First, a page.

Logos Technologies showcases its SilentHawk all-wheel drive, hybrid-electric bike at AUSA 2017
Logos Technologies showcased for the first time at AUSA its SilentHawk, an all-wheel drive, hybrid-electric motorcycle. Logos Technologies was recently awarded a second Phase II SBIR (Small Business Innovation Research) contract from the Defense Advanced Research Projects Agency (DARPA) for further optimization of the motorcycle’s design.
The Logos SilentHawk (Credit Logos Technologies)
SilentHawk is an all-wheel drive, hybrid-electric motorcycle designed to transport troops over rough terrain and behind enemy lines with minimal noise to reduce chances of detection. The system combines the all-electric RedShift MX racing motorcycle, produced by Alta Motors, with a front-wheel drive system and multi-fuel genset range extender developed by Logos Technologies.
“In ‘silent’ mode, when the range-extension genset is off, SilentHawk is about as loud as a normal office conversation,” said Dale Turner, SilentHawk program manager. “When the rider is out of harm’s way, and the range-extension system is engaged to charge the motorcycle’s propulsion battery and to provide auxiliary power for equipment, it’s still only as loud a vacuum cleaner.”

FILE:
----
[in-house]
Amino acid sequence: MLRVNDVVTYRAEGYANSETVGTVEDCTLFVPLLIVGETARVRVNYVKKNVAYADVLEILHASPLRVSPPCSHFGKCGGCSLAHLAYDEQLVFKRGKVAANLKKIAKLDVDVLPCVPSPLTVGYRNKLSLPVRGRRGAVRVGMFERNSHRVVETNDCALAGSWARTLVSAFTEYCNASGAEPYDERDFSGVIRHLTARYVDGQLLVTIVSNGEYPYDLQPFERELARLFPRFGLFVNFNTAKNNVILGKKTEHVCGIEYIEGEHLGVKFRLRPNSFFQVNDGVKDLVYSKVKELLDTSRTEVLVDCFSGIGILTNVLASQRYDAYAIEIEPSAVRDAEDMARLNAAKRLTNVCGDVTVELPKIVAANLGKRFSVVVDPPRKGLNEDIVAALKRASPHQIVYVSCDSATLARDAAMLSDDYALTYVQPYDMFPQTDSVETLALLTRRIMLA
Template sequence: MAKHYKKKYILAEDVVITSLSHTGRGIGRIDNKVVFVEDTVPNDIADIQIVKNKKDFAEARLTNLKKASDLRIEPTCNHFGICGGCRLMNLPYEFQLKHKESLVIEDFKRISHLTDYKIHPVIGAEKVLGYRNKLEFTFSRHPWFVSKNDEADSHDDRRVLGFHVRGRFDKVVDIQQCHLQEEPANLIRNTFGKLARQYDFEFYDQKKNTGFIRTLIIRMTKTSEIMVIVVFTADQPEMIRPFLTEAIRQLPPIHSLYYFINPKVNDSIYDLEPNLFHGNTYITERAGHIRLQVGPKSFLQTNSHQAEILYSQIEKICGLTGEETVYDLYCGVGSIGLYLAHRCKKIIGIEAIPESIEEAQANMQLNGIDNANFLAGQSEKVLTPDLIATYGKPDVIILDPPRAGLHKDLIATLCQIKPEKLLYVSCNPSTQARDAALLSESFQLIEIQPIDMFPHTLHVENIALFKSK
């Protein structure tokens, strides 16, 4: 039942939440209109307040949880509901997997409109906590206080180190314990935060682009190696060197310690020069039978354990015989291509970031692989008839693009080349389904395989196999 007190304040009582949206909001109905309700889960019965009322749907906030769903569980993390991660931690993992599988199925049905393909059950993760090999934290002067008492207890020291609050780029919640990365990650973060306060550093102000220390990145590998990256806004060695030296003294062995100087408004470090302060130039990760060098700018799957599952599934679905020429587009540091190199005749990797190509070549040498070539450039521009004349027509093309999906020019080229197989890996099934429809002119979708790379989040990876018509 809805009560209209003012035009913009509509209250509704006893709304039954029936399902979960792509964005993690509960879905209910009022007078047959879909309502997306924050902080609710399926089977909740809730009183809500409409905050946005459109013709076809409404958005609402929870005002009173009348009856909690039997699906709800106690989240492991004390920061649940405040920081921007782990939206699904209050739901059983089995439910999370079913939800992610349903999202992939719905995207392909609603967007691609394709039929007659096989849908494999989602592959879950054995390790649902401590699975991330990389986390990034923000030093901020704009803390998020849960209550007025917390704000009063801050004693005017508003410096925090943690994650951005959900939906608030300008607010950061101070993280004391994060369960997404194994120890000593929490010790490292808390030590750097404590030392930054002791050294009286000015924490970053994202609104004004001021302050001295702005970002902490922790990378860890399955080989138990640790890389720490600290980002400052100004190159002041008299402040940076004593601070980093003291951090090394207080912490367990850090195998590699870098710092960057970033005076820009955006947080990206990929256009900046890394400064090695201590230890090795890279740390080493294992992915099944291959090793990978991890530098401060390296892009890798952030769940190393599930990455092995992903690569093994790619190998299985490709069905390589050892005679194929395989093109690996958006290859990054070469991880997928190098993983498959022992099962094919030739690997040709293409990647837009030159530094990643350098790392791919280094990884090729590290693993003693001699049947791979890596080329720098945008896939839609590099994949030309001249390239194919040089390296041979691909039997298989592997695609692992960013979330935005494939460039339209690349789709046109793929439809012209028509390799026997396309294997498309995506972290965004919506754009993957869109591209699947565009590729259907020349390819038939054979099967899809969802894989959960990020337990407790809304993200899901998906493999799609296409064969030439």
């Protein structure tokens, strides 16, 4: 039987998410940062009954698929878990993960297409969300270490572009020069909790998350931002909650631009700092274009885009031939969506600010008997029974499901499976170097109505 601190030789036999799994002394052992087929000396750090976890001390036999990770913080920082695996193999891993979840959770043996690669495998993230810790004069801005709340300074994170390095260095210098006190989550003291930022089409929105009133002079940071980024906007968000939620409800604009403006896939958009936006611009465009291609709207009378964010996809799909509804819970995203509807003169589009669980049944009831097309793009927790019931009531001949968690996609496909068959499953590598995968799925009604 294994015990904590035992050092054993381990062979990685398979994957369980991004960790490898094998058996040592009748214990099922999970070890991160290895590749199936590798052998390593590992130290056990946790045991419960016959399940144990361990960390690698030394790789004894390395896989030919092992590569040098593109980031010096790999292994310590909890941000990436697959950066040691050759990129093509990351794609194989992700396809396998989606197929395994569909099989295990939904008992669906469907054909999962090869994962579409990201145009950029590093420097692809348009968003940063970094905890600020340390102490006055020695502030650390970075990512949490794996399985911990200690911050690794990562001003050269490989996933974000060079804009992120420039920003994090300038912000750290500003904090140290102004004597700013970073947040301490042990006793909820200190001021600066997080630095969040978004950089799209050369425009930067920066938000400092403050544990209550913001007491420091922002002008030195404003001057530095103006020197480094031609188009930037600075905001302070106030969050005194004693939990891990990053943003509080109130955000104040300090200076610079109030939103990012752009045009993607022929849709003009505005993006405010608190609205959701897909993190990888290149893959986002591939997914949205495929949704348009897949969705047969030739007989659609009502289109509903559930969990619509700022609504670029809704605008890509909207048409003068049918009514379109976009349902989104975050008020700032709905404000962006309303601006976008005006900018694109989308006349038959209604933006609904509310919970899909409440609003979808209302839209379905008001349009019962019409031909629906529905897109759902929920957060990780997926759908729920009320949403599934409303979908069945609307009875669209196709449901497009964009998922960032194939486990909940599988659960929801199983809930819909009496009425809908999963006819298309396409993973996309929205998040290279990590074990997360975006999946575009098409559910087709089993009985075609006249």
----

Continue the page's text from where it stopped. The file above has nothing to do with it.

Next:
SilentHawk weighs 350 pounds, has a range of 170 miles and can run on multiple fuels, such as gasoline, JP-5, JP-8, Jet-A1, propane and AVGAS. Logos Technologies began initial work on the motorcycle under a Phase 1 SBIR contract in February 2014. Ten months later, the company was awarded Phase 2 funding, which led to the development of the current hybrid-electric prototype.
With the second Phase 2 award, Logos Technologies is now set to produce two new SilentHawk prototypes:
An all-wheel drive model without the hybrid range-extender and an all-wheel drive model with user detachable hybrid range-extender
The purpose of two prototypes is to expedite development of a field-ready system. Logos Technologies plans to use the model without the range-extender to optimize the motorcycle’s front-wheel drive system. That system would then be integrated with the modular range-extension system to create an operational prototype, ready for field evaluation.
“Our goal is an operational prototype with a modular architecture, which would enable the user to configure it with or without the range-extension system to meet specific mission requirements,” Turner said.